Tire fire closes stretch of I-17 near Cordes Jct.
CORDES JUNCTION –Officers from the Arizona Department of Public Safety (DPS) closed one section of Interstate 17 Wednesday after a malfunctioning tire on a U-Haul truck ignited a brush fire south of Cordes Junction. The blaze torched at least 25 acres of brush east of the highway and all the contents of the truck's cargo area.
Brian Marston, a DPS public information officer, said that at about 4 p.m. Wednesday, a man and his son were driving 26-foot, U-Haul moving truck south on Interstate 17. The right rear wheel malfunctioned, Marston said, "and it generated enough heat to catch fire."
"It ignited the contents of the U-Haul, which was everything this guy owns," Marston said. "All his furniture, household goods, everything."
As he should have, Marston said, the driver pulled over into the emergency lane; however, the fire ignited the dry brush alongside the highway.
DPS re-routed Phoenix-bound traffic onto Highway 69 and then to 89.
Mayer Fire Department (MFD), Central Yavapai Fire District (CYFD), Prescott National Forest, State Land and Groom Creek fire departments also responded to the fire, which spread rapidly.
MFD Battalion Chief Mike McGhee said the fire was tough to fight because "we had some slopes there, and ravines."
Also, he said, "we had an access problem."
He said no other roads or trails lead to where the fire was, so firefighters had to fight the fire from Interstate 17.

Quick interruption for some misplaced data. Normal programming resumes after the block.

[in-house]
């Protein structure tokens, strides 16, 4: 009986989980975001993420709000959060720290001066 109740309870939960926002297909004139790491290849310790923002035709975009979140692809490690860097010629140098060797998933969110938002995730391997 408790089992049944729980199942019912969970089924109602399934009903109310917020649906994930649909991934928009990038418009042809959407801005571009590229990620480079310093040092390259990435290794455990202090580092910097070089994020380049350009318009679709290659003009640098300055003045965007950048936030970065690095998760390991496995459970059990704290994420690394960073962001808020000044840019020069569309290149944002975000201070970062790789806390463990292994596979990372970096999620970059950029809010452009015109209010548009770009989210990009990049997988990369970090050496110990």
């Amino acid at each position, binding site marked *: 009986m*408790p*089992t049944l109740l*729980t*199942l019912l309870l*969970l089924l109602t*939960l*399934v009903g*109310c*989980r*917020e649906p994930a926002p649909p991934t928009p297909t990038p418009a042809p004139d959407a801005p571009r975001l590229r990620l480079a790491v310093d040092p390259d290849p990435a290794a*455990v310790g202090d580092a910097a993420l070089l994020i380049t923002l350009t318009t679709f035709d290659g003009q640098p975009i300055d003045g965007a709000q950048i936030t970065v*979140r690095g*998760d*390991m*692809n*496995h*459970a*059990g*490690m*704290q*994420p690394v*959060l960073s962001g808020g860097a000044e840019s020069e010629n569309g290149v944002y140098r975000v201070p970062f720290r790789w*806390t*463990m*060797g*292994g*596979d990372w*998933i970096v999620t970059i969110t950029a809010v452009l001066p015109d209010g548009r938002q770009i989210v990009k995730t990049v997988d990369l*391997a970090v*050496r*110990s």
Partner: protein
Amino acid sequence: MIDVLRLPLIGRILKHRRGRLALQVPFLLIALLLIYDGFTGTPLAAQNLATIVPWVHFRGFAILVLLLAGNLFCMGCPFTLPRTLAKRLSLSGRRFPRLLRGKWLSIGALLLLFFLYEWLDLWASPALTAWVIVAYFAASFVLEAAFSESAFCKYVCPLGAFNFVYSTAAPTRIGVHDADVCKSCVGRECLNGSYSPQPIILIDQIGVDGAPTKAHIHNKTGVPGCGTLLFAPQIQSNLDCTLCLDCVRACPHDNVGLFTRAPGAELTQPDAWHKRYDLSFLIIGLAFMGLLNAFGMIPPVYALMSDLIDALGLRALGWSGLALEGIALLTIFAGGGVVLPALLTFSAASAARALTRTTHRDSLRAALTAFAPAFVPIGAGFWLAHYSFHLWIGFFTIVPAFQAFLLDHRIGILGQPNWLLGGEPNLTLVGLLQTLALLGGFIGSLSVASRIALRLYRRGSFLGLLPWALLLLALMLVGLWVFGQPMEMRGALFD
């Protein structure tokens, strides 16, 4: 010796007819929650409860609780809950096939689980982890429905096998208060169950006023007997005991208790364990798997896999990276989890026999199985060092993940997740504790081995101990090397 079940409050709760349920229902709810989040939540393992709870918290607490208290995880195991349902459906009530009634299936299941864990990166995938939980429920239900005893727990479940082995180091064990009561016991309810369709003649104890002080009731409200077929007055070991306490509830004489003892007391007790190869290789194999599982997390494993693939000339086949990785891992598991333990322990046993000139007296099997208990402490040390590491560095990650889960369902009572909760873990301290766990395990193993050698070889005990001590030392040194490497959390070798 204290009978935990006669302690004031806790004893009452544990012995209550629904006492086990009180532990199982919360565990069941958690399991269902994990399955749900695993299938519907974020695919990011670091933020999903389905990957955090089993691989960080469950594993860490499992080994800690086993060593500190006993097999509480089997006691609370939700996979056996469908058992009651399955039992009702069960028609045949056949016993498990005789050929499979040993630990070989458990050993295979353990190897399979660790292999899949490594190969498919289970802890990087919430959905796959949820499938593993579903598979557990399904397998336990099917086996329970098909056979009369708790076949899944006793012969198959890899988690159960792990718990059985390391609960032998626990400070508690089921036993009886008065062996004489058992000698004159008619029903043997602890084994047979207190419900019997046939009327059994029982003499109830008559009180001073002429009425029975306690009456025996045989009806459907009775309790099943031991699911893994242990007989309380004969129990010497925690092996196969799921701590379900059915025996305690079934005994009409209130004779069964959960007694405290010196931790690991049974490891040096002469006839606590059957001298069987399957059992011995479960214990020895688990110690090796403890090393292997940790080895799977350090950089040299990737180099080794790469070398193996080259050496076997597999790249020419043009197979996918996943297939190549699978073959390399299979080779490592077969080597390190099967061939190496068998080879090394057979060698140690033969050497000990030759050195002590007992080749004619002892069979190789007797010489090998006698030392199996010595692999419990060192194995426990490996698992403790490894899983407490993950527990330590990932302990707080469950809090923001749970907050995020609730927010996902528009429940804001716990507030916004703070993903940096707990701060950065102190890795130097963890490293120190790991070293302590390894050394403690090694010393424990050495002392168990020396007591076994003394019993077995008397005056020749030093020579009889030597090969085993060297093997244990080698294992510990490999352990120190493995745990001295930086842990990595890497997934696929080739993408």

McGhee added that CYFD "saves us all the time" by way of mutual aid.
CYFD Battalion Chief Don Vasquez said CYFD sent an engine, a battalion chief and a water tender to the fire.
He said the fire went up a little hill and down into a gulley, "and the wind was blowing so hard, it just kept going."
"When it got into steeper terrain," he said, "the engines couldn't get down there. The Forest Service and the State Land sent in hand crews."
A helicopter and three slurry bombers responded as well. DPS had to shut down both northbound lanes at Bloody Basin on Interstate 17 for a couple of minutes a couple of times to allow the aircraft to land. Personnel from the Arizona Department of Transportation and from the Yavapai County Sheriff's Office helped with traffic control.
As of 8:20 p.m., Marston reported, the fire was under control. McGhee said the MFD turned the fire over to the Bureau of Land Management. That department's crews were to stay Wednesday night mopping up and making sure the fire was completely out, McGhee said.
"The conditions are extreme right now," McGhee said. "People don't think the desert highland burns, but it burns hot and fast. Use caution, be careful and call immediately."
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